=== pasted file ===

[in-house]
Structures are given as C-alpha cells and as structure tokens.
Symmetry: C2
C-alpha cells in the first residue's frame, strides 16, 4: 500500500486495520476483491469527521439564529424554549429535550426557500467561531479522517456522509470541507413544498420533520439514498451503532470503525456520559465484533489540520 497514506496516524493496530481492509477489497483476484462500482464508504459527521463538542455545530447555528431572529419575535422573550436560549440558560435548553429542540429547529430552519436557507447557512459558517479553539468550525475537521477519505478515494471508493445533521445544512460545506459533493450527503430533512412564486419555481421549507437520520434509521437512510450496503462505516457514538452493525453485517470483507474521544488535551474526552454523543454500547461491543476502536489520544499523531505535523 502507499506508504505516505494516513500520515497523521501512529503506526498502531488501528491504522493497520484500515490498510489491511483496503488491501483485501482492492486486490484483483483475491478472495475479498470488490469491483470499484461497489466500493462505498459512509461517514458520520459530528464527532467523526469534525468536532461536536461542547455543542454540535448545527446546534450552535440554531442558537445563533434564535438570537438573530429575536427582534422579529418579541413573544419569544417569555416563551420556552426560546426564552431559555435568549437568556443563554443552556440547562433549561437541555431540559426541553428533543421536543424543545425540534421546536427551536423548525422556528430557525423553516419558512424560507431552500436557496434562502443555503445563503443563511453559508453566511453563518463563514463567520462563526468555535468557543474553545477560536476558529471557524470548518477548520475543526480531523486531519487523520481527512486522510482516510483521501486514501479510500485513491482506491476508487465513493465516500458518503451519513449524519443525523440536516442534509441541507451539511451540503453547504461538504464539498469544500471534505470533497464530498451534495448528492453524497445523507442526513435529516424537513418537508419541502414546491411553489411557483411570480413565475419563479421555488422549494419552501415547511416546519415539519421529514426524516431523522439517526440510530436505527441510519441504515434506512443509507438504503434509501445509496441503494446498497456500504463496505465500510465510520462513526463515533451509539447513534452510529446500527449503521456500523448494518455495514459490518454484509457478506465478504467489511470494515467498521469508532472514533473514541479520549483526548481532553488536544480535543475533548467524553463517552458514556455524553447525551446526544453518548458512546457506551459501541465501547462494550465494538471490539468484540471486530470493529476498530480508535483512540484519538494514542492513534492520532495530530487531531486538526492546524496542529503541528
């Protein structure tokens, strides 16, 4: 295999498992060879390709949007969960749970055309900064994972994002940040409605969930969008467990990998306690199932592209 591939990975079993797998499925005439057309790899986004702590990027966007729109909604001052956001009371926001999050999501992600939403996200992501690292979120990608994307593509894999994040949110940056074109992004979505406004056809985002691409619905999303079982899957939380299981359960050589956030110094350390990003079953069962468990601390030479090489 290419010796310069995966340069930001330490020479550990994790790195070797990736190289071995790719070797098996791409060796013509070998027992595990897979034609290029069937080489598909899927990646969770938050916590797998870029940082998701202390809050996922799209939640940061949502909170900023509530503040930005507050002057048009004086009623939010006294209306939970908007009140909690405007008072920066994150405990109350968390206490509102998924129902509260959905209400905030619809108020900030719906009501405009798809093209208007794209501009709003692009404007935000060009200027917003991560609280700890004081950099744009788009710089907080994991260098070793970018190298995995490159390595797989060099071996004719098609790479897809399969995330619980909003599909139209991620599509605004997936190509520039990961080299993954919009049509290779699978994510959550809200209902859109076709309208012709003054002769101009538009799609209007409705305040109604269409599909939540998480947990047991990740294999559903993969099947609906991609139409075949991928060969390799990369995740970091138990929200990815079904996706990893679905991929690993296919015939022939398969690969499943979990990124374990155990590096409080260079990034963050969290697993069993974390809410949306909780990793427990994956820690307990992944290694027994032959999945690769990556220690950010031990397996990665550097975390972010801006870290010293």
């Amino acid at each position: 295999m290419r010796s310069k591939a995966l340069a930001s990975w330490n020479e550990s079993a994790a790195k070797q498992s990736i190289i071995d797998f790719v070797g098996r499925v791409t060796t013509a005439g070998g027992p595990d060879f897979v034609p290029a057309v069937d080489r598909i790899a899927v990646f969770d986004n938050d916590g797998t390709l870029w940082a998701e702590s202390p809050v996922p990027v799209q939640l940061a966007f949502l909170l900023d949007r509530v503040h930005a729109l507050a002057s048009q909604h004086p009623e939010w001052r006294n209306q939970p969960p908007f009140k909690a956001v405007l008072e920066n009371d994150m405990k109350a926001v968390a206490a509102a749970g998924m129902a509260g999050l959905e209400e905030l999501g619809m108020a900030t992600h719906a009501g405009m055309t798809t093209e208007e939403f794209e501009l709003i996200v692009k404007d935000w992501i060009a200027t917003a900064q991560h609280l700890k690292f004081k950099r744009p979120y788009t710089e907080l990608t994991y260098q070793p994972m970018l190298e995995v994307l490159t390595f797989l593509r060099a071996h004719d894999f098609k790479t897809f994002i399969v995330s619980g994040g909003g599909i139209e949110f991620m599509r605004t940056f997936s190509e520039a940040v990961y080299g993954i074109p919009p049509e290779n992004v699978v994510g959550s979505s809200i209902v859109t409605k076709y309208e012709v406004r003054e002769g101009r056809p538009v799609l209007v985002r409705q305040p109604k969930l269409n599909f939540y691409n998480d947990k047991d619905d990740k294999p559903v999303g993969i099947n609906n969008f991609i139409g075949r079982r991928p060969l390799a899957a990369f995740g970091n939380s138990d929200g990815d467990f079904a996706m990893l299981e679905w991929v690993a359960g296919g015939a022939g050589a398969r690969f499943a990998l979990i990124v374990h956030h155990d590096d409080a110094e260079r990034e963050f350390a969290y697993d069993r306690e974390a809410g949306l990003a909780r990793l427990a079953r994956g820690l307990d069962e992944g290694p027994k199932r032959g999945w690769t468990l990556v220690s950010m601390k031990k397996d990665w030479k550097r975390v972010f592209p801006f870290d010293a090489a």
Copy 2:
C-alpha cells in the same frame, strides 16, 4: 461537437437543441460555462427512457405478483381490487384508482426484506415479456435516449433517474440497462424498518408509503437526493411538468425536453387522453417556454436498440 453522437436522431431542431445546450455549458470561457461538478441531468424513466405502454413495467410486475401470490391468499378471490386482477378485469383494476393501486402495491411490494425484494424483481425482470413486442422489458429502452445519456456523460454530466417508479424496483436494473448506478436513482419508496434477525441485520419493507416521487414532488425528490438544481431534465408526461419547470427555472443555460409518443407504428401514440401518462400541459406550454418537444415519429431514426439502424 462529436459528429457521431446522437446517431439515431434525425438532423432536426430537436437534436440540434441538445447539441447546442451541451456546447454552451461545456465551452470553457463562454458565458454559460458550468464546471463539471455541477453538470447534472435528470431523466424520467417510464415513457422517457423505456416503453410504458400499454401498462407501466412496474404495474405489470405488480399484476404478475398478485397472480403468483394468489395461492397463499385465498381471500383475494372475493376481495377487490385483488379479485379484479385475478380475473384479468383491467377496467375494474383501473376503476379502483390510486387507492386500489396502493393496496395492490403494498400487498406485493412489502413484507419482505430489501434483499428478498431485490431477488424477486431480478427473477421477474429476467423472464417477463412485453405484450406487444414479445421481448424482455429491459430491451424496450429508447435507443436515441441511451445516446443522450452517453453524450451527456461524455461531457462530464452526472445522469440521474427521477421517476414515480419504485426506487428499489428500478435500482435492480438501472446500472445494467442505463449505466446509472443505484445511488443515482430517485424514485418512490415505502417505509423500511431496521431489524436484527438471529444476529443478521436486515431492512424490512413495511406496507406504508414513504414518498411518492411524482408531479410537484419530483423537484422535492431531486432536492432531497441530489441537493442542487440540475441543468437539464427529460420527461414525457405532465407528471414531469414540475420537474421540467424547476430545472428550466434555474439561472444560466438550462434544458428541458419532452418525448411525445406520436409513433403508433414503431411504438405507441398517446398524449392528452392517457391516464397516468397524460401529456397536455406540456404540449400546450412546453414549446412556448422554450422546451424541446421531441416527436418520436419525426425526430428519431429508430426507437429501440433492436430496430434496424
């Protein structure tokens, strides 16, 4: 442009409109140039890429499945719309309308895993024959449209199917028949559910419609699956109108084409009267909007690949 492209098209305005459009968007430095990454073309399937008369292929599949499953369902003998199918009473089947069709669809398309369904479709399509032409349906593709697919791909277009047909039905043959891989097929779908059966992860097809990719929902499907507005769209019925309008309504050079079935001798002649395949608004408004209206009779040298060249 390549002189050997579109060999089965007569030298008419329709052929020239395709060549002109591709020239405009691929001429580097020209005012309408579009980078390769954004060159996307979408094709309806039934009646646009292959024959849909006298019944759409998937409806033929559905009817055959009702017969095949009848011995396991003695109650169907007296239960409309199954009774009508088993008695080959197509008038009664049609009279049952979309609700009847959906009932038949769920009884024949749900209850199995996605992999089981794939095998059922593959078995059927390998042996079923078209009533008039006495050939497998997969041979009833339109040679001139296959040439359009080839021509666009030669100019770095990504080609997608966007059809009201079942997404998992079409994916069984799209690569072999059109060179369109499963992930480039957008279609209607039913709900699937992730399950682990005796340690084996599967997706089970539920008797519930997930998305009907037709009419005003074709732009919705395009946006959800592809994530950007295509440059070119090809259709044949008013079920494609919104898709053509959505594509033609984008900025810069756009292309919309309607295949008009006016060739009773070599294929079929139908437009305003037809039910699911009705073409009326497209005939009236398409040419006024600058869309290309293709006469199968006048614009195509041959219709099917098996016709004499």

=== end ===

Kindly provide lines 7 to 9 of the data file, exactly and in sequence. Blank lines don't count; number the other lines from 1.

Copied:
Copy 2:
C-alpha cells in the same frame, strides 16, 4: 461537437437543441460555462427512457405478483381490487384508482426484506415479456435516449433517474440497462424498518408509503437526493411538468425536453387522453417556454436498440 453522437436522431431542431445546450455549458470561457461538478441531468424513466405502454413495467410486475401470490391468499378471490386482477378485469383494476393501486402495491411490494425484494424483481425482470413486442422489458429502452445519456456523460454530466417508479424496483436494473448506478436513482419508496434477525441485520419493507416521487414532488425528490438544481431534465408526461419547470427555472443555460409518443407504428401514440401518462400541459406550454418537444415519429431514426439502424 462529436459528429457521431446522437446517431439515431434525425438532423432536426430537436437534436440540434441538445447539441447546442451541451456546447454552451461545456465551452470553457463562454458565458454559460458550468464546471463539471455541477453538470447534472435528470431523466424520467417510464415513457422517457423505456416503453410504458400499454401498462407501466412496474404495474405489470405488480399484476404478475398478485397472480403468483394468489395461492397463499385465498381471500383475494372475493376481495377487490385483488379479485379484479385475478380475473384479468383491467377496467375494474383501473376503476379502483390510486387507492386500489396502493393496496395492490403494498400487498406485493412489502413484507419482505430489501434483499428478498431485490431477488424477486431480478427473477421477474429476467423472464417477463412485453405484450406487444414479445421481448424482455429491459430491451424496450429508447435507443436515441441511451445516446443522450452517453453524450451527456461524455461531457462530464452526472445522469440521474427521477421517476414515480419504485426506487428499489428500478435500482435492480438501472446500472445494467442505463449505466446509472443505484445511488443515482430517485424514485418512490415505502417505509423500511431496521431489524436484527438471529444476529443478521436486515431492512424490512413495511406496507406504508414513504414518498411518492411524482408531479410537484419530483423537484422535492431531486432536492432531497441530489441537493442542487440540475441543468437539464427529460420527461414525457405532465407528471414531469414540475420537474421540467424547476430545472428550466434555474439561472444560466438550462434544458428541458419532452418525448411525445406520436409513433403508433414503431411504438405507441398517446398524449392528452392517457391516464397516468397524460401529456397536455406540456404540449400546450412546453414549446412556448422554450422546451424541446421531441416527436418520436419525426425526430428519431429508430426507437429501440433492436430496430434496424
């Protein structure tokens, strides 16, 4: 442009409109140039890429499945719309309308895993024959449209199917028949559910419609699956109108084409009267909007690949 492209098209305005459009968007430095990454073309399937008369292929599949499953369902003998199918009473089947069709669809398309369904479709399509032409349906593709697919791909277009047909039905043959891989097929779908059966992860097809990719929902499907507005769209019925309008309504050079079935001798002649395949608004408004209206009779040298060249 390549002189050997579109060999089965007569030298008419329709052929020239395709060549002109591709020239405009691929001429580097020209005012309408579009980078390769954004060159996307979408094709309806039934009646646009292959024959849909006298019944759409998937409806033929559905009817055959009702017969095949009848011995396991003695109650169907007296239960409309199954009774009508088993008695080959197509008038009664049609009279049952979309609700009847959906009932038949769920009884024949749900209850199995996605992999089981794939095998059922593959078995059927390998042996079923078209009533008039006495050939497998997969041979009833339109040679001139296959040439359009080839021509666009030669100019770095990504080609997608966007059809009201079942997404998992079409994916069984799209690569072999059109060179369109499963992930480039957008279609209607039913709900699937992730399950682990005796340690084996599967997706089970539920008797519930997930998305009907037709009419005003074709732009919705395009946006959800592809994530950007295509440059070119090809259709044949008013079920494609919104898709053509959505594509033609984008900025810069756009292309919309309607295949008009006016060739009773070599294929079929139908437009305003037809039910699911009705073409009326497209005939009236398409040419006024600058869309290309293709006469199968006048614009195509041959219709099917098996016709004499």